Actually, my favorite memory of Rico had absolutely nothing to do with me directly. He appeared at a baseball card shop out in Mastic Beach, NY and my longtime friend Jimmy Wells brought his son James (a big Brogna fan at the time) to see him. Rico, according to father and son was nothing but a class act.

Big E
January 21, 2004
Rico Suave! When the Mets were creeping back toward respectibility in '96, Rico was right there. Traded him for the god-awful Philly twins, Borland and Jordan. What a shame. A Connecticut guy who seemed to like being a Met.

January 23, 2004
Funny thing about Rico's trade was that the Mets knew he had medical problems so they got rid of him and he ends up being very successful with the Phillies and Braves, nowadays they trade for damaged goods on a semi-regular basis.

February 21, 2004
Rico was one of the few bright spots during the otherwise depressing mid 90’s. Remember when he came up shortly before the strike in ’94 and the Mets started playing better? Like me, Rico was an Italian- American Lefty from Litchfield County, CT, so he’s not too far from Mookie and Carter on my list of all time favorite Mets. My friends and I went down to Shea when he came back for his first game with the Phils. Apparently, we were the only ones in attendance who recognized the occasion as “Rico Brogna Night”.

Jonathan Stern
September 11, 2005
Best defensive Mets first baseman since Keith, and an unbelievably nice guy. I got his autograph at a show at the Westchester County Center prior to the start of the 1996 season. He told to me to get ready because the Mets were going to be good. It didn't happen in 1996, but it did happen in 1997 - with John Olerud at 1B.

Yeah, we replaced Brogna with Olerud, but I am still very sorry we let him go, especially since many veteran Philly fans believe that Rico was the best first baseman in PHILLIES history! I know he had health problems, but he played too well after he left here for me to be happy with the Mets for sending him packing. It would have been nice to have seen him in the 1999 and 2000 postseasons. Particularly 2000, which saw Olerud replaced by Todd Zeile.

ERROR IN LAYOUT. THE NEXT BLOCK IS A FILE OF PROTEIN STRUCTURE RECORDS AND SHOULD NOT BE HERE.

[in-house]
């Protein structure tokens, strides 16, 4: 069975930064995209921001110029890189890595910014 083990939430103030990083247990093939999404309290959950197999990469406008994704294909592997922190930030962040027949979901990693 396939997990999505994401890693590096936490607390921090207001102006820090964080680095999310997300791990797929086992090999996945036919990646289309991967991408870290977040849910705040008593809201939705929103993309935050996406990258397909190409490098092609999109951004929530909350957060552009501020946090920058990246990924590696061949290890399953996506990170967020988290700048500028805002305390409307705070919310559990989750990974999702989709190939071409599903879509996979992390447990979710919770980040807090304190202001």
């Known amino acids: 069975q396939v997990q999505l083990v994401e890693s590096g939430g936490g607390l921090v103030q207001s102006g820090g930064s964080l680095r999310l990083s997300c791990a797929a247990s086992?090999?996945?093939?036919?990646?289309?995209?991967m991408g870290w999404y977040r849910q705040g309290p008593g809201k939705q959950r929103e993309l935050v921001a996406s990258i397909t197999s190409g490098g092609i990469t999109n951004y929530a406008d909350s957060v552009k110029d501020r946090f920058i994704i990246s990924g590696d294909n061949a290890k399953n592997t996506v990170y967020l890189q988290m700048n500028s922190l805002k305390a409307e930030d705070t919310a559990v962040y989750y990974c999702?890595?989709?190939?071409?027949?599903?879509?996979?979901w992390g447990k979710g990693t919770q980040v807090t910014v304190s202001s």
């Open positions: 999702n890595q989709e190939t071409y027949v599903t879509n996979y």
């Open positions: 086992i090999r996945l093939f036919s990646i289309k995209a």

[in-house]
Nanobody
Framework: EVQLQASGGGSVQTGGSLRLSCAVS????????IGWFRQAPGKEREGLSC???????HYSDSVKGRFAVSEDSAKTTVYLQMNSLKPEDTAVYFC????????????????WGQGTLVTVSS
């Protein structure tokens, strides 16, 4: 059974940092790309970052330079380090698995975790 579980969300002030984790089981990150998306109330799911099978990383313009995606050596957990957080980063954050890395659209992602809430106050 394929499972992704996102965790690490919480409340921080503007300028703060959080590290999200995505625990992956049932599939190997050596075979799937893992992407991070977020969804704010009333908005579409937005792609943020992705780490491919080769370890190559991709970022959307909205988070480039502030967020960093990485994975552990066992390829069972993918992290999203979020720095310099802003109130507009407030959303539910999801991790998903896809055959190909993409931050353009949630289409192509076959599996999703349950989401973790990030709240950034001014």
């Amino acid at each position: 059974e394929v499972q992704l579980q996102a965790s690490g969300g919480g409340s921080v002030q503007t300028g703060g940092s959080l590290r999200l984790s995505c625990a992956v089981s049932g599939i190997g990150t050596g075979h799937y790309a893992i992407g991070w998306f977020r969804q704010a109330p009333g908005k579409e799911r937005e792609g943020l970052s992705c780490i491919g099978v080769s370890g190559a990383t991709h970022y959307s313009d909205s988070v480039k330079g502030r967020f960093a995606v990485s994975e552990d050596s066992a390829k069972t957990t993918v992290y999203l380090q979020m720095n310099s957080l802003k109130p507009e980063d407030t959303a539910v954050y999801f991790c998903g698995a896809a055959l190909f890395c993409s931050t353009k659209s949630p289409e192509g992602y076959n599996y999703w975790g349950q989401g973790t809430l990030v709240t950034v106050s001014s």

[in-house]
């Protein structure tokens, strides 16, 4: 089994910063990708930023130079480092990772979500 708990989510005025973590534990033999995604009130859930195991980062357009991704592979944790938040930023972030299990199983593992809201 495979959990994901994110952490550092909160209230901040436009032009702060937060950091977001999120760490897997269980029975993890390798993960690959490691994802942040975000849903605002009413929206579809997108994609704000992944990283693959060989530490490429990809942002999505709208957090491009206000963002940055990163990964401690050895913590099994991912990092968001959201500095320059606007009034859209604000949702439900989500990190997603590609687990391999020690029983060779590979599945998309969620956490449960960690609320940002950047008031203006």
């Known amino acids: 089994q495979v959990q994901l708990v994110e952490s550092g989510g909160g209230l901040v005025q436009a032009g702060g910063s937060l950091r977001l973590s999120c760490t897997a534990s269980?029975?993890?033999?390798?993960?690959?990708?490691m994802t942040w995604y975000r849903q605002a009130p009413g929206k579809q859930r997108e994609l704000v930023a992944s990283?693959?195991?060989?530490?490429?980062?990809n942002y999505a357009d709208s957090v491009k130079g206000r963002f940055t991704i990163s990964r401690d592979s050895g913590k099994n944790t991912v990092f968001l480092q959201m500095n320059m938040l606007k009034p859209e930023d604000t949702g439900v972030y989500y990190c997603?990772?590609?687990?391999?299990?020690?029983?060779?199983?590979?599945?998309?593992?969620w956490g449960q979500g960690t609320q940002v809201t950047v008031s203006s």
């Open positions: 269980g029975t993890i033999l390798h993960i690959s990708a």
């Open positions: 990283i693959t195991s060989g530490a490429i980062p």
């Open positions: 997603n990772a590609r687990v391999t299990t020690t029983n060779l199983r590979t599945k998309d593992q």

And I won't mention Toby Boyland and Ricardo Jordan.

Returning to that day at the County Center, it was a telling measure of how beloved Brogna was at the time that he attracted a huge line of autograph-seekers... while Bill Walton and Muhammad Ali were ignored.

December 21, 2005
I remember that the rap on Rico with the Tigers is that they wanted him to pull the ball to right for more home runs. The Mets encouraged him to his more natural style of line drives to all fields. I think Rico's success here made the Mets realize John Olerud could do the same thing here. I liked Rico and was sorry to see him go. I think he wanted to be here.

Putbeds 1986
May 24, 2006
Rico Brogna is now working as a commentator for SportsNet New York and does a dependable job for them. Was a good power hitter in his days with the Mets.

NYB Buff
October 9, 2017
Rico led the Mets with 22 homers, 76 RBIs and a .289 batting average in 1995. In other words, he won the team triple crown that year. Only three other Mets (Tommy Davis ’67, Cleon Jones ’71 and Howard Johnson ’89) had accomplished this feat previously. Since then, just Mike Piazza (in both 2000 and 2001) has done so.